Marvel Team-Up #1 is a great Christmas themed book and I have given many lower grade copies away as gifts to kids in the past. It starts a great reader run for Spider-Man fans of all stripes. I like the book and pick.

  2. Carey
    October 18, 2016
    Reply

    Nice pick Walt. This book also contains the first appearance of Misty Knight who is one of the main supporting characters in the new Luke Cage TV show.

  3. Charlie
    October 18, 2016
    Reply

    Carey… Just curious. Is Misty Knight named is this issue. CGC notes that the woman saved was later identified as being Misty Knight but not sure if it’s one of those Kamala Khan deals.

  4. Carey
    October 18, 2016
    Reply

    No, it’s a retcon first appearance. Spider-man saves her from a bunch of muggers in Marvel Team Up 1 but she is not named there. Spider-man and Misty meet again in Marvel Team Up 63 and 64 and Spider-man seems to recognize her from somewhere but can’t remember where. But at the end of Marvel Team Up 64 Misty mentions the incident from Marvel Team Up 1. Here is the Misty appearance in Marvel Team Up 1.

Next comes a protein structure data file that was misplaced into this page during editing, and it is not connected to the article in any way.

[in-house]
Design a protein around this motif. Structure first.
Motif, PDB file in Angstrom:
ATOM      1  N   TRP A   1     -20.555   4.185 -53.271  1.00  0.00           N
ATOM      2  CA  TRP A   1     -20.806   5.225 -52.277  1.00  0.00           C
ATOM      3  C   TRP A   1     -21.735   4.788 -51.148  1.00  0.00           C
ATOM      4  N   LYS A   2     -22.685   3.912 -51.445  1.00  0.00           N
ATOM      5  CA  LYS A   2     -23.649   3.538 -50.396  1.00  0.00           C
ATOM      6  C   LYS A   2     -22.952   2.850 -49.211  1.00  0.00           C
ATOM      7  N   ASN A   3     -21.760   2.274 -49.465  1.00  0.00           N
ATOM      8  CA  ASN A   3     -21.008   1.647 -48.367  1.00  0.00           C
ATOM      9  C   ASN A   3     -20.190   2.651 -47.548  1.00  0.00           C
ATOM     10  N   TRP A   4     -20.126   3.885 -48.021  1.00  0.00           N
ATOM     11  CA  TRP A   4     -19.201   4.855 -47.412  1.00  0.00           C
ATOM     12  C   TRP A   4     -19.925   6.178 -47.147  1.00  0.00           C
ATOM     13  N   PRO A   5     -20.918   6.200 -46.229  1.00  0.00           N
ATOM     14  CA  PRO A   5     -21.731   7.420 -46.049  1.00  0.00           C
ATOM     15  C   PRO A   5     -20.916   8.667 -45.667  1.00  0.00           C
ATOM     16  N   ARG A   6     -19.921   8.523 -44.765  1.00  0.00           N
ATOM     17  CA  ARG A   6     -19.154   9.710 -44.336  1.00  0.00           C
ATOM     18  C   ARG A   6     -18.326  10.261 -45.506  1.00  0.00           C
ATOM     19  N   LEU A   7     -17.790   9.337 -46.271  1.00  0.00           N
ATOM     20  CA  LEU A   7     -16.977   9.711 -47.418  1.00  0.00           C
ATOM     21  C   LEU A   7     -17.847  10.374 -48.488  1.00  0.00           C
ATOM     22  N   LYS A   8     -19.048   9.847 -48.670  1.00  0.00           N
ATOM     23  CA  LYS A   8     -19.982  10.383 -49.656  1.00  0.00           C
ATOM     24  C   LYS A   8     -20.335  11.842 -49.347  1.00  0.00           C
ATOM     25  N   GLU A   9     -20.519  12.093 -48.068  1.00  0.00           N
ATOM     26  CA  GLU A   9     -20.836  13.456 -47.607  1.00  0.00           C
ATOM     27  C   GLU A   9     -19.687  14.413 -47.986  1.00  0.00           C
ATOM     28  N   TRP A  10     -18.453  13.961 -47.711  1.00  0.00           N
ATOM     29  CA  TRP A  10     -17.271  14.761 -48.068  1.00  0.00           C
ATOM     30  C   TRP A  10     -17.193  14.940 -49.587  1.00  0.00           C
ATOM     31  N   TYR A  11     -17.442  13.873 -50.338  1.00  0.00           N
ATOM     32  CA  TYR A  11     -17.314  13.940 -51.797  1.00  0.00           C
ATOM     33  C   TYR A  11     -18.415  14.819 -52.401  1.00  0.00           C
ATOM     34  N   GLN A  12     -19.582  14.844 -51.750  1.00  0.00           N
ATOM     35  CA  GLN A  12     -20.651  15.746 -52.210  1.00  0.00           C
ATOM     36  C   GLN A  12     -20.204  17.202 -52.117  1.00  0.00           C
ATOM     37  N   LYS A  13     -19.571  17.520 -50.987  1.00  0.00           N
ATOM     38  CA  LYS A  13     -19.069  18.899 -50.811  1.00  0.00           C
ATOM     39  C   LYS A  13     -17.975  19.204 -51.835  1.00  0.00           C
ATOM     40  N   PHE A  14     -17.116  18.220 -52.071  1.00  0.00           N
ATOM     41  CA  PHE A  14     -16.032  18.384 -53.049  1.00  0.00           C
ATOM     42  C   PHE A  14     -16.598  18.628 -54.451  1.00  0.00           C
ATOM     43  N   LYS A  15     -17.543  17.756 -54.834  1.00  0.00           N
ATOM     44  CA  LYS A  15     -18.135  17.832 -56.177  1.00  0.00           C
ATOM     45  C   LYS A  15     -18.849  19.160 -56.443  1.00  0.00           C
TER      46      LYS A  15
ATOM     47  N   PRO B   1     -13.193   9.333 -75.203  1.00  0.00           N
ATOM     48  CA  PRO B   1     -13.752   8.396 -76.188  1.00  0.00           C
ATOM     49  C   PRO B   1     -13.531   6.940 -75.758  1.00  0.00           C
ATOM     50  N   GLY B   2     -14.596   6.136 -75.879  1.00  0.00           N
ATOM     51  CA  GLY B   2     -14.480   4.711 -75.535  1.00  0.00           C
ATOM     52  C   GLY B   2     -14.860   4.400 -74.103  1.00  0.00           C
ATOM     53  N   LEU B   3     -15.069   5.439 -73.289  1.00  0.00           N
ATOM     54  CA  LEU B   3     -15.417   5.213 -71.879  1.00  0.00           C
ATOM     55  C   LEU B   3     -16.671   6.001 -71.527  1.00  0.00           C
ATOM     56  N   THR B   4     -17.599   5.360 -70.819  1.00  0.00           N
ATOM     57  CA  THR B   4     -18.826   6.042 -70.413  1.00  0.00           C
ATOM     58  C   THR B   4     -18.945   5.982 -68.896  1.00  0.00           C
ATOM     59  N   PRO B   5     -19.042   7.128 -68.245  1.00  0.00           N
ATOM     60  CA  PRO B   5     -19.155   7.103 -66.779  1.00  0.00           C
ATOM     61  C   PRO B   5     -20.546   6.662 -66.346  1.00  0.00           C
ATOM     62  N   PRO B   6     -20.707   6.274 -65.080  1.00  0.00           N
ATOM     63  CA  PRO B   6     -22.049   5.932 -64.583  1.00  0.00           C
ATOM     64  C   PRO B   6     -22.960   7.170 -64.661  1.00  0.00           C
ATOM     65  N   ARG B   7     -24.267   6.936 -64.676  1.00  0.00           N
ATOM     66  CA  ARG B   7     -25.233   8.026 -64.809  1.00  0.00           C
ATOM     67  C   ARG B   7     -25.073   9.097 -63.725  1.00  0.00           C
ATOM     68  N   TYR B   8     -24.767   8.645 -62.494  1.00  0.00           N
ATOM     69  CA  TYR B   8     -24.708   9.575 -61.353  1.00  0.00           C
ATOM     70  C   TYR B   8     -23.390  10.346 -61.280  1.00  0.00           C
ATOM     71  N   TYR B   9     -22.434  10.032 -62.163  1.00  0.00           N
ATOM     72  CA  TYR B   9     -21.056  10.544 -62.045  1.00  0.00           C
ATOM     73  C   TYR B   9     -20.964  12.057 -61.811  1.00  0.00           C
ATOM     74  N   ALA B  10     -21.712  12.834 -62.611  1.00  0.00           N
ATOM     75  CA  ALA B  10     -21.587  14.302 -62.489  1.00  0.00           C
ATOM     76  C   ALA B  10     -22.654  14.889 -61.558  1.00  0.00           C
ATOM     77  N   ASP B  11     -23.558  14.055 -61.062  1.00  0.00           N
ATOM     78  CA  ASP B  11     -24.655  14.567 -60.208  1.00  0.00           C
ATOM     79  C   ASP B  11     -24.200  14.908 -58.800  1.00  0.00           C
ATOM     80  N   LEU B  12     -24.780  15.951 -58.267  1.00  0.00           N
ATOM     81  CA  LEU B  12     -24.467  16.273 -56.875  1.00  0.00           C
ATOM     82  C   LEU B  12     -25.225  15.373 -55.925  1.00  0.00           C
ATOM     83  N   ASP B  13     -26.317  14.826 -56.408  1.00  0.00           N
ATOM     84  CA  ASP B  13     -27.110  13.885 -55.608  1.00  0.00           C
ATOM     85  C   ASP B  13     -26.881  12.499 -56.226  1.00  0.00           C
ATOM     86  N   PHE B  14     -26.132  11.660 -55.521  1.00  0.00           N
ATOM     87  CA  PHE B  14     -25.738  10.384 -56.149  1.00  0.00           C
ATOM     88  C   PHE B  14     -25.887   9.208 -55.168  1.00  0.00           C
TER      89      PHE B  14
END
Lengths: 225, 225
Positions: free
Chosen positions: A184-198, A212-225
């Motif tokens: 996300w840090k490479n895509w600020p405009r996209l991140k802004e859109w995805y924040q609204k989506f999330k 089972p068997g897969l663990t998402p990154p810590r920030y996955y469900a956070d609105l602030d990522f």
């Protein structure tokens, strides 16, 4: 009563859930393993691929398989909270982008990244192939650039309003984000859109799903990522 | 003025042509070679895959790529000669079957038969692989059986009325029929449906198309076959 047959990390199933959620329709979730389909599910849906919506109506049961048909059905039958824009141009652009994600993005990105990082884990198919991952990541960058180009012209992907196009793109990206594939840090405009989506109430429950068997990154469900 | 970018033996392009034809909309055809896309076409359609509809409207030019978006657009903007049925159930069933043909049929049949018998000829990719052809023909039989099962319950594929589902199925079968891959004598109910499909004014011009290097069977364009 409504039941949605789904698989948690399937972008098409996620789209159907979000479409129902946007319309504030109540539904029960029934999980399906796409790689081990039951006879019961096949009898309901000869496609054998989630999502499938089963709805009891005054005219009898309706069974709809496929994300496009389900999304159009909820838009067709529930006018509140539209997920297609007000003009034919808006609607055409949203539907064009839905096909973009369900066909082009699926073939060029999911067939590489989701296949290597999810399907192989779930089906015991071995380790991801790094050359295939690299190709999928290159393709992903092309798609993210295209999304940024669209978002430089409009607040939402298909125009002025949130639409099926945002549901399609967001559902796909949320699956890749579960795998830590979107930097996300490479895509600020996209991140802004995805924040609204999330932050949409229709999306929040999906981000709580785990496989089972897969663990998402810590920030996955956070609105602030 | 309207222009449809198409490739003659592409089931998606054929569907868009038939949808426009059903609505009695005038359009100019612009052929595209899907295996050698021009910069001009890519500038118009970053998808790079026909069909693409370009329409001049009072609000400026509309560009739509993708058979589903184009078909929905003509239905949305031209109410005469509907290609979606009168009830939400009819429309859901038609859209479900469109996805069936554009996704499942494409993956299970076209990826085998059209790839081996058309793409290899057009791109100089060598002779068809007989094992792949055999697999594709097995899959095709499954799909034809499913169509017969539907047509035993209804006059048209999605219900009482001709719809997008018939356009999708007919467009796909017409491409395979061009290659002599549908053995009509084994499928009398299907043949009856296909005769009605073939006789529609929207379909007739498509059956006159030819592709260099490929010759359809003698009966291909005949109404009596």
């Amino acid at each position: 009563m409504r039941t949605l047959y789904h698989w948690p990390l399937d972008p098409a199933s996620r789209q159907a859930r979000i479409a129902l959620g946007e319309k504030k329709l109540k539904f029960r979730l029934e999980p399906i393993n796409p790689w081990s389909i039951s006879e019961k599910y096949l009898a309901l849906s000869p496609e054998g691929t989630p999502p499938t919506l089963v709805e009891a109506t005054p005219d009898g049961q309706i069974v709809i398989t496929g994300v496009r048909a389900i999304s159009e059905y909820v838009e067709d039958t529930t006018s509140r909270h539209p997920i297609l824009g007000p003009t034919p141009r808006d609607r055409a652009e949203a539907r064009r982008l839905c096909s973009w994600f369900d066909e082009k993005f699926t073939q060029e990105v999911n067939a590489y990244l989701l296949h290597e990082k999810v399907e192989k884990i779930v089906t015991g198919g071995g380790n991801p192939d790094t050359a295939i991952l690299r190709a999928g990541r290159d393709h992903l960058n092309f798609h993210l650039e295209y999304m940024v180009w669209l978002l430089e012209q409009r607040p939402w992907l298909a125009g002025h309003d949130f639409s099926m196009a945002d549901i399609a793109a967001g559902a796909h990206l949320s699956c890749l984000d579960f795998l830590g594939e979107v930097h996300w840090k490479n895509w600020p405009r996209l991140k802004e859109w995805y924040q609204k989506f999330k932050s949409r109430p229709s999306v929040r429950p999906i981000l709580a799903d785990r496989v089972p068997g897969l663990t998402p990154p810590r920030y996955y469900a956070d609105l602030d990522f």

http://2.bp.blogspot.com/_-U-XvMPSNQA/TUMD1B2W5LI/AAAAAAAAEpQ/_L-yRTWBfRU/s1600/M01marvel-team-up001-09.jpg

    http://4.bp.blogspot.com/_-U-XvMPSNQA/TUMD4BhnjkI/AAAAAAAAEpU/2pqMJHdcPKE/s1600/M02marvel-team-up001-10.jpg

    http://1.bp.blogspot.com/_-U-XvMPSNQA/TUMD7WTpA5I/AAAAAAAAEpY/9MCBbB6Xkeg/s1600/M03marvel-team-up001-11.jpg

    Here’s their next meeting in Marvel Team Up 63 and 64.

    http://1.bp.blogspot.com/-XPJFzTU1Vvk/Txrui6y9faI/AAAAAAAAFQk/cmPkoDHxGwg/s1600/MTU630009.jpg

    http://3.bp.blogspot.com/-K0yhoROYMAo/TyXXBkwtIgI/AAAAAAAACVE/E4mkBlCmMPo/s1600/MTU%2B64%2Bpistol%2Bpackin.jpg

    http://3.bp.blogspot.com/-Vem9ItEX-go/VW6HmBxC2iI/AAAAAAAAFt0/_OD2RydNwMw/s1600/MTU064G.png

  5. Charlie
    October 18, 2016
    Reply